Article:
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Sqlite database in React Native (IOS)

SQLite3 is a native Plugin for React local for both Android (classic and local), iOS, and windows. Foundation of this library is primarily based on Chris Brody’s Cordova SQLite plugin.


  1. iOS and Android supported via identical JavaScript API.
  2. Android in pure Java and Native modes
  3. SQL transactions
  4. JavaScript interface via plain callbacks or Promises.
  5. Pre-populated SQLite database import from software bundle and sandbox

The library has been examined with React 16.2 (and earlier) and XCode 7,8,9 – it works well out of the container with no need of code adjustments. For XCode 7,8 vs. XCode 6, the most effective distinction is that SQLite ios library call suffix is tbd in place of dylib.
Version 3.2 is the primary version well-matched with RN 0.40.


npm install --save react-native-sqlite-storage

Then observe the commands in your platform to link react-native-sqlite-garage into your mission


Preferred technique
** React native 0.60 and above ** Run cd ios && pod install && cd … Linking is not required in React local 0.60 and above
** React native 0.59 and underneath **

Step 1. set up Dependencies
With CocoaPods:

Upload this in your Podfile which must be placed in the ios assignment subdirectory
pod 'React', :path => '../node_modules/react-native'
pod 'react-native-sqlite-storage', :path => '../node_modules/react-native-sqlite-storage'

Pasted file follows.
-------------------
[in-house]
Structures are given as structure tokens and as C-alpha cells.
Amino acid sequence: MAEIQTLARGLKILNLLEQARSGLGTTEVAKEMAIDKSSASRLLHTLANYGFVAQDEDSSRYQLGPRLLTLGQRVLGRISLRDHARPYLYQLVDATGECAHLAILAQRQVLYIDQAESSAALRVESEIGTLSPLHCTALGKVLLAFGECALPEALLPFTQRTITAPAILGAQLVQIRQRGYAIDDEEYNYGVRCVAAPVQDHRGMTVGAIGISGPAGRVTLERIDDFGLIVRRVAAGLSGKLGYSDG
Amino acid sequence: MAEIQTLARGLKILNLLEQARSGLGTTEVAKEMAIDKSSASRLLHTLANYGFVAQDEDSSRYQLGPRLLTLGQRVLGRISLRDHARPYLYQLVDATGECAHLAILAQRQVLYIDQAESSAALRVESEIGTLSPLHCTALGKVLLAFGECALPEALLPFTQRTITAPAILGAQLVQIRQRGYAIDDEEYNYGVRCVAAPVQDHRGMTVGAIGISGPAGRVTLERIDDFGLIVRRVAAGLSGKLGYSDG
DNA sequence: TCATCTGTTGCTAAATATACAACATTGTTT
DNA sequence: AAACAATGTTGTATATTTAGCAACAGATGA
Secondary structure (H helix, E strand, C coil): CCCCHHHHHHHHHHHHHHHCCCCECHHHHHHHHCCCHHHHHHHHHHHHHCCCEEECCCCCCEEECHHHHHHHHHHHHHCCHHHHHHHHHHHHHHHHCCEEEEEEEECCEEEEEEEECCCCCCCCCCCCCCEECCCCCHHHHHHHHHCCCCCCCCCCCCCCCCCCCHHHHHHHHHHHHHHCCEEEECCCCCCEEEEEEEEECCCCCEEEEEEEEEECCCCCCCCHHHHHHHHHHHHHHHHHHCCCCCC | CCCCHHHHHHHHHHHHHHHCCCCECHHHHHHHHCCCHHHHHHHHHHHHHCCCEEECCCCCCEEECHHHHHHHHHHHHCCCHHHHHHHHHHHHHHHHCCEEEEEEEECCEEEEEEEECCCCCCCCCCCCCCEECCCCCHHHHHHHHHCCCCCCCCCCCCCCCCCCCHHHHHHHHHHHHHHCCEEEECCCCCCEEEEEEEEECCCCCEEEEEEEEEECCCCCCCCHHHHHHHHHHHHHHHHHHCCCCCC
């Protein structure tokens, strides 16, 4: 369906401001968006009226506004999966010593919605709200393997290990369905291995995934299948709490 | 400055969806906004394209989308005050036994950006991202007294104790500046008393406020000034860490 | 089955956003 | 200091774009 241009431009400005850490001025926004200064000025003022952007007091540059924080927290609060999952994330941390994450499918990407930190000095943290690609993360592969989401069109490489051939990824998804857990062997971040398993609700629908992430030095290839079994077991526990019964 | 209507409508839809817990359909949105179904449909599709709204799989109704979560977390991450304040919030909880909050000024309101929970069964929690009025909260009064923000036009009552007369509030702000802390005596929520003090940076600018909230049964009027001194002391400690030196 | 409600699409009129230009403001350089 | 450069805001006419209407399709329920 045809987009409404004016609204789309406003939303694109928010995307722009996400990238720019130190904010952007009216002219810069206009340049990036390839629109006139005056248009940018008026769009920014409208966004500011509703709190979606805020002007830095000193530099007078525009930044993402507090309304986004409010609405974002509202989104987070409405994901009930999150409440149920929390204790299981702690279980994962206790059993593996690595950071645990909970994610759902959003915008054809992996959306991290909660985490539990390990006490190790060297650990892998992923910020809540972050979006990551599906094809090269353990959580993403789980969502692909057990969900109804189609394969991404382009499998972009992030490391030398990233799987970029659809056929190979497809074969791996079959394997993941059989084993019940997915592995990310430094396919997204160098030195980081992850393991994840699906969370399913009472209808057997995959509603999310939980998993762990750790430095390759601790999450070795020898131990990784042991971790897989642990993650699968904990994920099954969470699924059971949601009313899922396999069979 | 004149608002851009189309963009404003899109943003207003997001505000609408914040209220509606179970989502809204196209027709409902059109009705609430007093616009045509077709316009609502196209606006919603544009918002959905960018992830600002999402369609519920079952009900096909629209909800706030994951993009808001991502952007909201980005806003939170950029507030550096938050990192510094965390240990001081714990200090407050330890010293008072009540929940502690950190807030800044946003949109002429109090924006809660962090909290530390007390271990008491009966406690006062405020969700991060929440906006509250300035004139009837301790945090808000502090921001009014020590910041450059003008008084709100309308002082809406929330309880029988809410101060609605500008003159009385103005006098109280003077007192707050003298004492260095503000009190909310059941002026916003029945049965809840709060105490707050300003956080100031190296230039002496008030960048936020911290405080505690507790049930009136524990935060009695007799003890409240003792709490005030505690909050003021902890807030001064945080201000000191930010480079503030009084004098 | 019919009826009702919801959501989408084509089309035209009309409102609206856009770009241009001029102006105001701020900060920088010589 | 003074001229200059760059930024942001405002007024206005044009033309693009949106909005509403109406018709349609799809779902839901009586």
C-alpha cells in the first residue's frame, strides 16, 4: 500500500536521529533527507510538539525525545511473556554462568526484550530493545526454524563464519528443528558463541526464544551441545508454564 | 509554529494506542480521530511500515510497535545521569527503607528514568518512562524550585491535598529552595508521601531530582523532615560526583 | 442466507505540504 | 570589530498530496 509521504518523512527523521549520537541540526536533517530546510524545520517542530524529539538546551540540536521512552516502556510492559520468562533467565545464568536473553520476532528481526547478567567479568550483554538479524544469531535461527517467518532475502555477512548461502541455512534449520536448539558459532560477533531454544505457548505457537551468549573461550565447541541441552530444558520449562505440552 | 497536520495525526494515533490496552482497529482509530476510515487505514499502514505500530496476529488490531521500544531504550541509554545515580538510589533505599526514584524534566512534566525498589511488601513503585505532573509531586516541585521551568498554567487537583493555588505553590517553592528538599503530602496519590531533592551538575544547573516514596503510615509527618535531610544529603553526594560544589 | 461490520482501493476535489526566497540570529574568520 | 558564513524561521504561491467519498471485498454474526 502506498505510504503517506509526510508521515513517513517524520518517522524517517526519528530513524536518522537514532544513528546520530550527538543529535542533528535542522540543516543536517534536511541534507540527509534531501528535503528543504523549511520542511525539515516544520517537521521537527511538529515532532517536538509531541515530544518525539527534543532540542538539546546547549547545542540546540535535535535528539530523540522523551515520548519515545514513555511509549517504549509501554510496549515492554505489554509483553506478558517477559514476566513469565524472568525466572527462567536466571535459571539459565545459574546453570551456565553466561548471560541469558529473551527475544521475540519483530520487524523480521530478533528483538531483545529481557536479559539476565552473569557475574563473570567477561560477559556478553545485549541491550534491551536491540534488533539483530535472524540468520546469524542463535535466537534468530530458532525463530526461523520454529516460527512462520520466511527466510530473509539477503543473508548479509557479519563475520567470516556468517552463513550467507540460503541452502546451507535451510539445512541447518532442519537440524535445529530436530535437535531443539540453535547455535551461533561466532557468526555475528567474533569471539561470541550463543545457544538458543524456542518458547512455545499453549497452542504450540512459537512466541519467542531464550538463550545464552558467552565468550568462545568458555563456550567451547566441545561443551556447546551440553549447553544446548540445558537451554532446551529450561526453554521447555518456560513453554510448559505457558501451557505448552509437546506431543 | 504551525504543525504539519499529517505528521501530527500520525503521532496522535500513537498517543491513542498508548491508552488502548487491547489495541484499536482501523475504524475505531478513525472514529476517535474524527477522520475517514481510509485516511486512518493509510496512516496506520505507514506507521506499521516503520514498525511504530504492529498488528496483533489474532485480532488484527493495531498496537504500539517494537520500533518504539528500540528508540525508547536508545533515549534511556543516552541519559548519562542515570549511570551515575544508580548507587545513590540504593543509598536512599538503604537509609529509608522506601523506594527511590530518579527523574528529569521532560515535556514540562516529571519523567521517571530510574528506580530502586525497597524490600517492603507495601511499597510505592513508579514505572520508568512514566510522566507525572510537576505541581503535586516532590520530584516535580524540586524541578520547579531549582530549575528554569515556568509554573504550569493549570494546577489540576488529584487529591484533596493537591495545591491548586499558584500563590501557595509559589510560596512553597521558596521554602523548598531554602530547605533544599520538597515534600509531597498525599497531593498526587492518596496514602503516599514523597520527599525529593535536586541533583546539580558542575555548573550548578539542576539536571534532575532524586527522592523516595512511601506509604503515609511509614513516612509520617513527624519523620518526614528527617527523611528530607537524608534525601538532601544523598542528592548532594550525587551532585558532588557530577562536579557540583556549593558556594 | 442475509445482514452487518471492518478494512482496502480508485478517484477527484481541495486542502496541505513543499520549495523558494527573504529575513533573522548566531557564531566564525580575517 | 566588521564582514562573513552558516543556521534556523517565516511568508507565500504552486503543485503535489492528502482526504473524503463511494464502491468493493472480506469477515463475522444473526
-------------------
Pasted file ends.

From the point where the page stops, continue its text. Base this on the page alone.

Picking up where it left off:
Or use the pattern Podfile blanketed within the package deal by means of copying it over to the ios subdirectory and changing AwesomeProject internal of it with the call of your RN assignment.
Refresh the Pods set up
pod install
pod update
Achieved, bypass to Step 2.

Without CocoaPods:
This command has to be achieved inside the root directory of your RN mission
react-native link

rnpm and xcode are dependencies of this mission and need to get mounted with the module but in case of any difficulty in configuring rnpm hyperlink and rnpm/xcode aren’t already mounted you can attempt to install it globally as follows:

npm -g install rnpm xcode

After linking project should like this:

Step 1a. If rnpm link does not work for you you can try manually linking according to the instructions below:
Drag the SQLite Xcode project as a dependency project into your React Native XCode project


XCode SQLite libraries dependency set up
Add libSQLite.a (from Workspace area) to the specified Libraries and Frameworks. also add (XCode 7) or libsqlite3.0.dylib (XCode 6 and earlier) inside the identical style the usage of Required Libraries view (Do now not simply add them manually because the construct paths will now not be properly set)

Step 2. Application JavaScript require
Add var SQLite = require(‘react-native-sqlite-storage’) to your index.ios.js

Step 3. Write application JavaScript code using the SQLite plugin
Add JS application code to use SQLite API in your index.ios.js etc. Here is some sample code. For a fully working example see test/index.ios.callback.js. Please note that Promise based API is now maintained as well with full examples in the working React Native app under test/index.ios.promise.js

errorCB(err) {
console.log("SQL Error: " + err);
successCB() {
console.log("SQL executed fine");
openCB() {
console.log("Database OPENED");
var db = SQLite.openDatabase("test.db", "1.0", "Test Database", 200000, openCB, errorCB);
db.transaction((tx) => {